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Jasmine Nassar

Product

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Coca Cola Canada has a wide range of di erent drink products with a total of 26 sub-

brands, including but not limited to: Fair life Lactose free milk, Smart & Vitamin water, Odwalla

fruit smoothies and of course all of the di erent Coca Cola soft drinks. All of these products

come in various sizes & packaging; cans, plastic bottles, glass bottles, and tetra packs. Having

multiple sizes and types of vessels allows for coca cola to be extremely accessible for any

occasion. For example, a can of coke might be convenient at a sporting event where you

would have time to drink the entire can in one go. Whereas if you were planning a picnic and

wanted to reduce waste, grabbing a few 2L bottles might suit your needs better.

Coca Cola is consistently finding new ways to rebrand and keep people interested.

Vitamin water has a funny little blurb on the side of each bottle explaining how the drink will

help and benefit them. Some of the bottles and cans of coke have names on them,

encouraging people to find their own names, or those of friends and loved ones, making

people perhaps choose coke over other beverages due to the novelty and sentimental value.

They are also excellent at rebranding products to keep themselves relevant. Their new line of

diet cokes in 4 di erent flavours, encourages people to keep trying their product.

Price

Pricing for Coca Cola products vary for each sub-brand as they are all have di erent

price expectations in their various drink type. Due to the wide range of drink products they use

a segmented pricing approach. All of their products a priced di erently depending on size and

packaging.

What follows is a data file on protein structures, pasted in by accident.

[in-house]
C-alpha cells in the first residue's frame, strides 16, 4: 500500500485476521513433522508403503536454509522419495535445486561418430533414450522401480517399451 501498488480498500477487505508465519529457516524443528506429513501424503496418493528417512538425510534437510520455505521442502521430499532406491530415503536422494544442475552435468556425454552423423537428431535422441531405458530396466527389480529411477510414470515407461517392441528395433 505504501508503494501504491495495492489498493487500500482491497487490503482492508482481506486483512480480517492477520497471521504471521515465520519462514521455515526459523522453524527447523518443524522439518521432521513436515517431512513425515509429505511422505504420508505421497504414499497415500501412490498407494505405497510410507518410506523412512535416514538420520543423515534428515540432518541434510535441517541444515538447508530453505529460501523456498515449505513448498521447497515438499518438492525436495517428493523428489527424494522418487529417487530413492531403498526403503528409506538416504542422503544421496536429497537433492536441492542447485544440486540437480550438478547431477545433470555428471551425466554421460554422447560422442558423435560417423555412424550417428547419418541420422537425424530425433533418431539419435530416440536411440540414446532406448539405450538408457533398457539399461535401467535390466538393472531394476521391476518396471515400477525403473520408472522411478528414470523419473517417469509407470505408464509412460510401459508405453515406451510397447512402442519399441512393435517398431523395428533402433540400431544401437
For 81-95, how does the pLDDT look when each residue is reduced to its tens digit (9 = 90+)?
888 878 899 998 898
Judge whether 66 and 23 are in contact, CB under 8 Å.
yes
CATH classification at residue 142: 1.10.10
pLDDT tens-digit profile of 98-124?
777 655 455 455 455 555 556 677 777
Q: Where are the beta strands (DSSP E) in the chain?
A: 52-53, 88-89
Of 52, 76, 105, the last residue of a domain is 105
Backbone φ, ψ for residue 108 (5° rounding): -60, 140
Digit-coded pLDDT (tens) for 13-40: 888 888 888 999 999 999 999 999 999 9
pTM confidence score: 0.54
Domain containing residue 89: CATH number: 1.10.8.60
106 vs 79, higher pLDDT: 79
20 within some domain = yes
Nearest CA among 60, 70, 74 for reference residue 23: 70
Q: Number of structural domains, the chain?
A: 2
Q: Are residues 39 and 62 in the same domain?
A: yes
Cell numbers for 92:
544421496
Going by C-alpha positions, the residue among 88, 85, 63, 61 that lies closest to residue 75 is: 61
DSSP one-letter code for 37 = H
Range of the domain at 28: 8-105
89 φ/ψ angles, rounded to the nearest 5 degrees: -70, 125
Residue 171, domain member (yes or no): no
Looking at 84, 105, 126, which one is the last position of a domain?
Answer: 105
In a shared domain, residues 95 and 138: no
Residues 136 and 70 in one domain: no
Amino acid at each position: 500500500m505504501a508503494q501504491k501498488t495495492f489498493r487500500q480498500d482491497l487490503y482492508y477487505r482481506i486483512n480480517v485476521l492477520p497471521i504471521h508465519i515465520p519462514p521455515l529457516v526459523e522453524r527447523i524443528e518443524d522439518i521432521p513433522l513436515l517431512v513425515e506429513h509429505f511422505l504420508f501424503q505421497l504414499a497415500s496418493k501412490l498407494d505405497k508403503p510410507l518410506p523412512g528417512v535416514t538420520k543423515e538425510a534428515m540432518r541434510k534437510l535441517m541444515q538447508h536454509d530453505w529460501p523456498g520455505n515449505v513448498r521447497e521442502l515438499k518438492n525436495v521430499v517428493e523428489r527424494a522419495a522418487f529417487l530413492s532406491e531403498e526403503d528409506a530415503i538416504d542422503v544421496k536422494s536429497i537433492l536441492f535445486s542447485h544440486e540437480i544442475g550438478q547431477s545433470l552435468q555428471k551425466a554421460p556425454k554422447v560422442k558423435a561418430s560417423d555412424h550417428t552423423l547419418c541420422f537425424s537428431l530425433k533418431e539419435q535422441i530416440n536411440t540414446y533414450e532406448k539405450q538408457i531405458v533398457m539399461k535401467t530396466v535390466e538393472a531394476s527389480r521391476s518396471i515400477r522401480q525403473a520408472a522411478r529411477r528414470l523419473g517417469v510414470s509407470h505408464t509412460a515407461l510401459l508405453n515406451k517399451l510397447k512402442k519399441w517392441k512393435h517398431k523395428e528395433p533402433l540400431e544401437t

This also varies by market. In more developed countries such as Canada they have

relied more on making their product fancier and more interesting to increase their profitability.

For Coca-Cola specifically, they did this by o ering premium packaging such as glass and

aluminum bottles while still remaining a ordable and consistent in product quality.

All of their products are set at market price, keeping them aligned with their competitors

(ie. Pepsi). They are also known to use the psychological estimating system. By ending a price

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with a nine ($2.49) it can make the product seem cheaper even if they were to make it more

expensive ($2.79). The price has increased by thirty cents but to the consumer it doesn’t seem

like there has been a significant increase.

Place

Consumers should expect to see Coca-Cola products almost anywhere, whether they

know it's a Coca-Cola product or not. They are leaning very heavily into becoming a total

beverage company. This has become more of a reality with their acquisition of Fair life Lactose

free milk. Their products are available everywhere: Movie theatres, grocery stores, airports,

restaurants, corner stores, bars and sporting events etc. Although Coca-Cola was quite

popular in Canada already, in 1906 they opened the first bottling company in Toronto. Now

they have over 50 facilities across Canada, ensuring easy access to all Coca-Cola company

brands.

Promotion

In 2015, Coca-Cola increased both the quality and the quantity of advertisements and

promotional material. They invested approximately 250 million dollars into a global campaign

with more impactful ads. They chose to unite the Coca-Cola beverages (specifically the soda)

with a one brand strategy. Emphasizing that although there were many di erent kinds of coke,